Bipolar transistors are ANDN gates !

A project log for Hackaday TTLers

Where DIY DIP/SSI/MSI CPU makers meet and discuss other TLA (three letters acronyms)

yann-guidon-ygdesYann Guidon / YGDES 09/10/2018 at 12:413 Comments

In the log Bipolar XOR gate with only 2 transistors  we see the legendary interlocked transistor gate :

Then this  HAD post   describes a very clever driving scheme :

Then it became clear... Under the right driving situation, a transistor (with its base resistor) is a ANDN gate !

Why does it matter ? Because this could greatly help to implement circuits such as this 7-segments decoder:

This is a sort of "slow" circuit where parts count matters more than speed (hard saturation is not an issue) so hacks like this will help a lot :-)

For the above "arbitrary logic" array, wired-oring will also save parts. All we have to do is "solve/reduce with ANDN". Who wants to play that game with me ? :-D


Tim wrote 04/01/2020 at 06:27 point

For this it is important to keep in mind that bipolar transistors also work in reverse mode. So the input/output isolation of the ANDN gate is not always given. I almost fell for this several times, but luckily i used spice at first to simulate my designs.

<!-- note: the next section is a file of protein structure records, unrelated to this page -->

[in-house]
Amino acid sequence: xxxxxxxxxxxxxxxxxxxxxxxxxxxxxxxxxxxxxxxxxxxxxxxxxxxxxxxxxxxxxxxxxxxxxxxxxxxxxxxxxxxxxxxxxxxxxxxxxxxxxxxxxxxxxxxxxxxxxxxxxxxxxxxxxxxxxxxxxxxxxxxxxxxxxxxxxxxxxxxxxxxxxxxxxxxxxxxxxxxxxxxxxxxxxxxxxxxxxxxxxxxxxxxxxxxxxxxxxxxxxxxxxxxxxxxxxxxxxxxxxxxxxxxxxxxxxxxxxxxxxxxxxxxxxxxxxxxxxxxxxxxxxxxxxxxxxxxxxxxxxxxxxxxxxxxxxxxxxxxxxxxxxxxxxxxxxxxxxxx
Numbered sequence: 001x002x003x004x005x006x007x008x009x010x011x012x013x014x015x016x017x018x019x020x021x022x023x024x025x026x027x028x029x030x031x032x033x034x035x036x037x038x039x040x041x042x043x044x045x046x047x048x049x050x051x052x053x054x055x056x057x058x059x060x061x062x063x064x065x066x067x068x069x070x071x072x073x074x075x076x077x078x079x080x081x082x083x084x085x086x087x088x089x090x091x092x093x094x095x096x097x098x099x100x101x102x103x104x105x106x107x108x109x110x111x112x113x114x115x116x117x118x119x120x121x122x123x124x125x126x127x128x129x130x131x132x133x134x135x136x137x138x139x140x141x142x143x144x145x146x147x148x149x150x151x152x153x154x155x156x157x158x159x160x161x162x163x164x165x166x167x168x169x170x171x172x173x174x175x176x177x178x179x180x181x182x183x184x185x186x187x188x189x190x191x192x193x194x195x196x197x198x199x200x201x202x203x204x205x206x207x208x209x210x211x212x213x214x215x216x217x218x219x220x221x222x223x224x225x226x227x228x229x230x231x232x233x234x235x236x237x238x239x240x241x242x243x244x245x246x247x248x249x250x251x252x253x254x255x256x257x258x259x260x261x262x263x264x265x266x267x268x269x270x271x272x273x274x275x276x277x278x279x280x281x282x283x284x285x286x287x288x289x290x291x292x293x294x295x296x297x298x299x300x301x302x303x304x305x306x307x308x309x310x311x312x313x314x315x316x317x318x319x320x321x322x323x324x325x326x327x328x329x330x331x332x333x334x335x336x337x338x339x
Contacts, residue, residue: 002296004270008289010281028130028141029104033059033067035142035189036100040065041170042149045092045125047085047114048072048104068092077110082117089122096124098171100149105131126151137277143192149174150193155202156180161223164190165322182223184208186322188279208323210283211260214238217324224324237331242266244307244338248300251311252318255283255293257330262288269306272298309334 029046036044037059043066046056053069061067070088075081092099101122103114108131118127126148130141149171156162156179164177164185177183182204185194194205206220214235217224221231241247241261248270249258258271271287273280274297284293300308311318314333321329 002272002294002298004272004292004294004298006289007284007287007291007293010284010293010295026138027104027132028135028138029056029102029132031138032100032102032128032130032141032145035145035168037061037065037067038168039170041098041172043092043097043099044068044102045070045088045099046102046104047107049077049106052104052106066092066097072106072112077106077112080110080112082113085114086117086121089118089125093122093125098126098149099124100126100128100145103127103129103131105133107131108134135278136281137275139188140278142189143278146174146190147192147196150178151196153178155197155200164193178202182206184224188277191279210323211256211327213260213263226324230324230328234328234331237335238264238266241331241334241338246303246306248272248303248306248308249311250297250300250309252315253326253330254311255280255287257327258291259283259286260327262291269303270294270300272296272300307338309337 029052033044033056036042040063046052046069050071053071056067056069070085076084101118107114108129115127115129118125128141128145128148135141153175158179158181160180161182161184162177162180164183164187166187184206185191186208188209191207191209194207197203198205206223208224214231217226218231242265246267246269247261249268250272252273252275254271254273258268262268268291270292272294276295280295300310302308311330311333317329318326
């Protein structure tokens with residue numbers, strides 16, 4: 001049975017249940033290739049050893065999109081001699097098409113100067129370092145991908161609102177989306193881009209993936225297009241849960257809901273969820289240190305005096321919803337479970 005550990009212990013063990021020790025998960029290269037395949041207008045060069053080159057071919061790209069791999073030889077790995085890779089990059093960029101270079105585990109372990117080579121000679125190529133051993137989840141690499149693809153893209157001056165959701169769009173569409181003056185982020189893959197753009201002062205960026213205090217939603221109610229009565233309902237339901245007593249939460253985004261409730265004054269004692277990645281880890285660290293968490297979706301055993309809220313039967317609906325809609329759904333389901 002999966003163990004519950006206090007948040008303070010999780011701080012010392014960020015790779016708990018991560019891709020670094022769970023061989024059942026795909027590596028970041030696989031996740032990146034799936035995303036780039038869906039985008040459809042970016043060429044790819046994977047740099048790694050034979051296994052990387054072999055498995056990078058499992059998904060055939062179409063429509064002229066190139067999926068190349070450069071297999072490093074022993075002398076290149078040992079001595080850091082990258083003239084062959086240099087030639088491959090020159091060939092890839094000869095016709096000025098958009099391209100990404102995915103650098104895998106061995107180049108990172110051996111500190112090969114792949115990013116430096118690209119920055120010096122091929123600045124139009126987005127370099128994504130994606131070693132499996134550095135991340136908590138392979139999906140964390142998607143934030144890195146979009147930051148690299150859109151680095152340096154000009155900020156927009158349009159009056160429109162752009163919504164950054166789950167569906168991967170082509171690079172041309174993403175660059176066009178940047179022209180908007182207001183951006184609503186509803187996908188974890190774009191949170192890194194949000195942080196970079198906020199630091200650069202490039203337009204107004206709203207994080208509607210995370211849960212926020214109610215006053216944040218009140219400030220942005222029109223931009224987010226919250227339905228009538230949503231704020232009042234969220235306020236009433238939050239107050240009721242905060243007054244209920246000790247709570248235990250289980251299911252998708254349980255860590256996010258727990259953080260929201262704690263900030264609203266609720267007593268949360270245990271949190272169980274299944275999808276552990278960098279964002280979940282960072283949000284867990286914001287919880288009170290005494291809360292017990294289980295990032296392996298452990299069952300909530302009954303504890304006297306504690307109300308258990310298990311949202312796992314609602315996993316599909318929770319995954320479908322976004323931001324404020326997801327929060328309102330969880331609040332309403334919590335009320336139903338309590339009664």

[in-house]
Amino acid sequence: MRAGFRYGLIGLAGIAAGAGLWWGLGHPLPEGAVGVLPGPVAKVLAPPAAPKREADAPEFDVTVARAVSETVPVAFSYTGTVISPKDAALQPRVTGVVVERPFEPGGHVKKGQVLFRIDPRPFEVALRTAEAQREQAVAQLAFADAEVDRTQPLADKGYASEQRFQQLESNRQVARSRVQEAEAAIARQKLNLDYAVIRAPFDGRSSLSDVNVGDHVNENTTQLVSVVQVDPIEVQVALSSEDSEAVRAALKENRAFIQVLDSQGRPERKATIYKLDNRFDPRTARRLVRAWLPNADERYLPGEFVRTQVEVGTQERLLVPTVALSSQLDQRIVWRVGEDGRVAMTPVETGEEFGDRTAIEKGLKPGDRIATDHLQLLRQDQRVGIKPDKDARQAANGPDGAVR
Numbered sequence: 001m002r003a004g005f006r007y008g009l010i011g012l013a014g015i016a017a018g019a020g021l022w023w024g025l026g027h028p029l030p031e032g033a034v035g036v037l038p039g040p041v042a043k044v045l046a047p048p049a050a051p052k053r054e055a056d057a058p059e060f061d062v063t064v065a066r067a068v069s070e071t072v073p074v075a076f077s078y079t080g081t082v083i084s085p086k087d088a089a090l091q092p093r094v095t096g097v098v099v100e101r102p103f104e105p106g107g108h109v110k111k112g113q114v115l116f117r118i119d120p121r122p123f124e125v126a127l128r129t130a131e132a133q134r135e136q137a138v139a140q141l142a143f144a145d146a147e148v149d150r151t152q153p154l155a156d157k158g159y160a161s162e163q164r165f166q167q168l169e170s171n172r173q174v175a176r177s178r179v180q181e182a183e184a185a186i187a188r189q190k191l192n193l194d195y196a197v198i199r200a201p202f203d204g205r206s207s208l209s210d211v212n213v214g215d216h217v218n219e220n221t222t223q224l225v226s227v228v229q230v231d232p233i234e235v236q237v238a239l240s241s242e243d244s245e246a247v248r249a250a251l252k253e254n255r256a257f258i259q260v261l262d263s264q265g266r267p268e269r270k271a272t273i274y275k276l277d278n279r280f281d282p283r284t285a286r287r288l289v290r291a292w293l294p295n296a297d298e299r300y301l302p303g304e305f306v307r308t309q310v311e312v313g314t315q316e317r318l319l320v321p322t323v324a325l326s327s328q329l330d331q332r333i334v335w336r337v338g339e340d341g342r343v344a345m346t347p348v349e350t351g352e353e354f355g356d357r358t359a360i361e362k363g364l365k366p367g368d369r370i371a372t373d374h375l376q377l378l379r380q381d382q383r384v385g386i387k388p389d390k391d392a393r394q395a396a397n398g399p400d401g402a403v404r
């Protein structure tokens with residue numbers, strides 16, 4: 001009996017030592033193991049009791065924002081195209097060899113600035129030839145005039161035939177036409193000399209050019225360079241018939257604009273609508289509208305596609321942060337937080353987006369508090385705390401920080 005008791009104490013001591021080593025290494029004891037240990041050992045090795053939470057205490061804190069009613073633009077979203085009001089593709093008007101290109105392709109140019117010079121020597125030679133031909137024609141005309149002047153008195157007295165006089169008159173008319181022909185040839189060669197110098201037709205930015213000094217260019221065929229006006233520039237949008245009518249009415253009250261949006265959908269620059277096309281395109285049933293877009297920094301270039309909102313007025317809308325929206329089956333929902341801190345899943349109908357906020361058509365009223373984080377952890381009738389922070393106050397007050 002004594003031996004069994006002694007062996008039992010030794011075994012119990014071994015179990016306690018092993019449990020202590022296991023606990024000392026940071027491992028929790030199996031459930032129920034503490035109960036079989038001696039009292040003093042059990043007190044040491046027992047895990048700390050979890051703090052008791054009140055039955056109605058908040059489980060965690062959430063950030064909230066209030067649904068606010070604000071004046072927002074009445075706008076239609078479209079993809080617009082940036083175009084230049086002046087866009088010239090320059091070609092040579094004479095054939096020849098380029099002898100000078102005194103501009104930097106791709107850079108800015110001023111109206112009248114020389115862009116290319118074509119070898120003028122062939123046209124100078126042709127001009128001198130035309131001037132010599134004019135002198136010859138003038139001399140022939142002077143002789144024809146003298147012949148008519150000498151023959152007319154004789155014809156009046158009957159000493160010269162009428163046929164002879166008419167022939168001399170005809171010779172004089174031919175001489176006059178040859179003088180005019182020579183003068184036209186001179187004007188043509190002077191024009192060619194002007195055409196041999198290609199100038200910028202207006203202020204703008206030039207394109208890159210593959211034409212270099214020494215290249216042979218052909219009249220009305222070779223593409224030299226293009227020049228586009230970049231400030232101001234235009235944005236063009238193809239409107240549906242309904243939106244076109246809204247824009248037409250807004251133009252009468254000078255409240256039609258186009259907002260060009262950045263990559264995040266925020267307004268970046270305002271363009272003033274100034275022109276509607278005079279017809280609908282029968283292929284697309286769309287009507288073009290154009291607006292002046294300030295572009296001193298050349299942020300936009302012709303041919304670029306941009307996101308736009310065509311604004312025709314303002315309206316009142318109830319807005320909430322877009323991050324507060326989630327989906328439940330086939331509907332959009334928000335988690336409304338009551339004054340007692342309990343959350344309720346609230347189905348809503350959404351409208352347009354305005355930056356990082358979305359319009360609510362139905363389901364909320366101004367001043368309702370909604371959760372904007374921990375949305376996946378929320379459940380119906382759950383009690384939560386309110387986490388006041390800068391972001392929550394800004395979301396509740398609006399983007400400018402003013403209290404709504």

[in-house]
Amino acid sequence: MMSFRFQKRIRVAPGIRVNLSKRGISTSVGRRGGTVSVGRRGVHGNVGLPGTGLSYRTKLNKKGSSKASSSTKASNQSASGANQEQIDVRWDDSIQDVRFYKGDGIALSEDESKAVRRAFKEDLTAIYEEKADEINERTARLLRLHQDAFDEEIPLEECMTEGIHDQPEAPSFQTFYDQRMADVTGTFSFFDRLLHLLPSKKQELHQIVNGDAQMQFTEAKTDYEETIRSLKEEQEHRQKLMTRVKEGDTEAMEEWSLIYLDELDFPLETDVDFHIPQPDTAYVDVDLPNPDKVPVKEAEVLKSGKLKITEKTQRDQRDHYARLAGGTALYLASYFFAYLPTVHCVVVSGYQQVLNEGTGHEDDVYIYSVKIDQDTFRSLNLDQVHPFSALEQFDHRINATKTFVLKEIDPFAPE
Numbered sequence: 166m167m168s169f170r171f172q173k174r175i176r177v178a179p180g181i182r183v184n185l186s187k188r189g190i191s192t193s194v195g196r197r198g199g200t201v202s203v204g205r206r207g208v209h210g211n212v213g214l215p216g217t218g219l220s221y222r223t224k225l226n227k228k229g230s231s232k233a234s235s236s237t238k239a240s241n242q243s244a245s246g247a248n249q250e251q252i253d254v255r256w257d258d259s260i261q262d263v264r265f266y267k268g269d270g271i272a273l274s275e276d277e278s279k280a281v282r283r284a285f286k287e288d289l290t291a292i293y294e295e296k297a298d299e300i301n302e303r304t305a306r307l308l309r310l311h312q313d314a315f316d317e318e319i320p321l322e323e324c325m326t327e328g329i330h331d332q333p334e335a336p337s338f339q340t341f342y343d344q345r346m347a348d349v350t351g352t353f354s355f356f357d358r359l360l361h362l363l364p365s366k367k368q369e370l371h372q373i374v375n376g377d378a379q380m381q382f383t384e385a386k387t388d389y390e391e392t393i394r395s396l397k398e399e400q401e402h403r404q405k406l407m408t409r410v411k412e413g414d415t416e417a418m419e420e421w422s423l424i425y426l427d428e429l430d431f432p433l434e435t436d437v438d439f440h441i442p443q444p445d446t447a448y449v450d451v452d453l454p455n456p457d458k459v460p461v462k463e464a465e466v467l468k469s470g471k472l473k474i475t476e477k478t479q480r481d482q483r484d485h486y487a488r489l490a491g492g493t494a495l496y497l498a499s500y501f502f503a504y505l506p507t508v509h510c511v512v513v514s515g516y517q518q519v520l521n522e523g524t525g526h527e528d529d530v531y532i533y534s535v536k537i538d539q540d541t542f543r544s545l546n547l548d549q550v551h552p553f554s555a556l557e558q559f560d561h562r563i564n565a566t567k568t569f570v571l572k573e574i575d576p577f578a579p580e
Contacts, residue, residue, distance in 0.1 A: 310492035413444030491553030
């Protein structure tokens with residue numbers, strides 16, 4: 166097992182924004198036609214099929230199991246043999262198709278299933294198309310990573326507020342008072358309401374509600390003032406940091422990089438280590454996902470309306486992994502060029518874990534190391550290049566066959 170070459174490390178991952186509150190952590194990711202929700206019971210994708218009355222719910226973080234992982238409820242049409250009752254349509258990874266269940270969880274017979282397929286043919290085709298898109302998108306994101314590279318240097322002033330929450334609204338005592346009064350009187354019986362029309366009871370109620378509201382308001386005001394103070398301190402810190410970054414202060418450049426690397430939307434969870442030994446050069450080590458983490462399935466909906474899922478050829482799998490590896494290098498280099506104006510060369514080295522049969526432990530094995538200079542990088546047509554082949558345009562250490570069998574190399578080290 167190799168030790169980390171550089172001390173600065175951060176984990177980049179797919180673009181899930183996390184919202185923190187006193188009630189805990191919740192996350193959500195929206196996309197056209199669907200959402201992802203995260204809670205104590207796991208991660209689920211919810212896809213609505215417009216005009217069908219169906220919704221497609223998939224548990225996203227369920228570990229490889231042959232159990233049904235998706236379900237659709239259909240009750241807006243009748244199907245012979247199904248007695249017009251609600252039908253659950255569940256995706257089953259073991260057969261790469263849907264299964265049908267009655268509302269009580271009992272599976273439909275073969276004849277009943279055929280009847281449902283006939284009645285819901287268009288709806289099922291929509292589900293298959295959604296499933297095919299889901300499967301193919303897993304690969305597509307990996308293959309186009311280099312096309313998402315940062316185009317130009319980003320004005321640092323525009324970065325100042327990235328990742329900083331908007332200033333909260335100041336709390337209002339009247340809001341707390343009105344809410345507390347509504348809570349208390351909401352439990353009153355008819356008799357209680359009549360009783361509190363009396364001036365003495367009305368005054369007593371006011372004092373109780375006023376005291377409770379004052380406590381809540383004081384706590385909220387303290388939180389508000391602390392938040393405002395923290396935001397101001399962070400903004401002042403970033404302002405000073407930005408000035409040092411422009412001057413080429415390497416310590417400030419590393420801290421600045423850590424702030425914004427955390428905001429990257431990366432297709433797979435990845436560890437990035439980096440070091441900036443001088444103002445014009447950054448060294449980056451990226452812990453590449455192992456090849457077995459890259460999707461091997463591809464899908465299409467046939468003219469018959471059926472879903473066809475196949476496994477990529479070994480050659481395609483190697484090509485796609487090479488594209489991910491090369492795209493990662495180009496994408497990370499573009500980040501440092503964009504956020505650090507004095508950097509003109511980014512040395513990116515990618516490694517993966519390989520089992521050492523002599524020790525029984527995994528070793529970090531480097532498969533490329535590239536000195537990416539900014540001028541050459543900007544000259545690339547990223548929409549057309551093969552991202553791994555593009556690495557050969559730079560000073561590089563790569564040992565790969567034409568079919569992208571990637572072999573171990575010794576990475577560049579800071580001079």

Are you sure? yes | no

roelh wrote 09/10/2018 at 15:24 point

In my project I use both: the 2-transistor XOR gate and the ANDN gates. Simply said, when used with base resistors it is RTL logic, and without base resistors it is DCTL logic. For 7-segments I would try DCTL logic because it hardly uses any resistors....

  Are you sure? yes | no

Yann Guidon / YGDES wrote 09/10/2018 at 15:45 point

but resistors are not a real problem, and it's good to keep the base current in check...

Anyway, I'm really looking forward to read your next logs about your cool ALU :-D

  Are you sure? yes | no